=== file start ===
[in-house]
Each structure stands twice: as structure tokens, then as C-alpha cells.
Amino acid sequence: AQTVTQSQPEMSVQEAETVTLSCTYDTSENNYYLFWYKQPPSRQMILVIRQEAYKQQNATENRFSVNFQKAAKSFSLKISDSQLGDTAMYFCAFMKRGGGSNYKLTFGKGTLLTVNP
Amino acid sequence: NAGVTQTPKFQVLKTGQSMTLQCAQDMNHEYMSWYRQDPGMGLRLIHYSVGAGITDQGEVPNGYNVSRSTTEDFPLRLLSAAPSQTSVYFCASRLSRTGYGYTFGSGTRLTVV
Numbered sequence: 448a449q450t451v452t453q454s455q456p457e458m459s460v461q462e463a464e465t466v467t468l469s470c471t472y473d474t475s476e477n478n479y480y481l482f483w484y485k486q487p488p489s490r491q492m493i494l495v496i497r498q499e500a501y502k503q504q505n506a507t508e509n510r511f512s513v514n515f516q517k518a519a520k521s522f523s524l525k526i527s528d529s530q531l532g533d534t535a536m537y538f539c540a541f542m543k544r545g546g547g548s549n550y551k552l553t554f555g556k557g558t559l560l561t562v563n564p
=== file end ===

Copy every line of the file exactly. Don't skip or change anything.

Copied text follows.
[in-house]
Each structure stands twice: as structure tokens, then as C-alpha cells.
Amino acid sequence: AQTVTQSQPEMSVQEAETVTLSCTYDTSENNYYLFWYKQPPSRQMILVIRQEAYKQQNATENRFSVNFQKAAKSFSLKISDSQLGDTAMYFCAFMKRGGGSNYKLTFGKGTLLTVNP
Amino acid sequence: NAGVTQTPKFQVLKTGQSMTLQCAQDMNHEYMSWYRQDPGMGLRLIHYSVGAGITDQGEVPNGYNVSRSTTEDFPLRLLSAAPSQTSVYFCASRLSRTGYGYTFGSGTRLTVV
Numbered sequence: 448a449q450t451v452t453q454s455q456p457e458m459s460v461q462e463a464e465t466v467t468l469s470c471t472y473d474t475s476e477n478n479y480y481l482f483w484y485k486q487p488p489s490r491q492m493i494l495v496i497r498q499e500a501y502k503q504q505n506a507t508e509n510r511f512s513v514n515f516q517k518a519a520k521s522f523s524l525k526i527s528d529s530q531l532g533d534t535a536m537y538f539c540a541f542m543k544r545g546g547g548s549n550y551k552l553t554f555g556k557g558t559l560l561t562v563n564p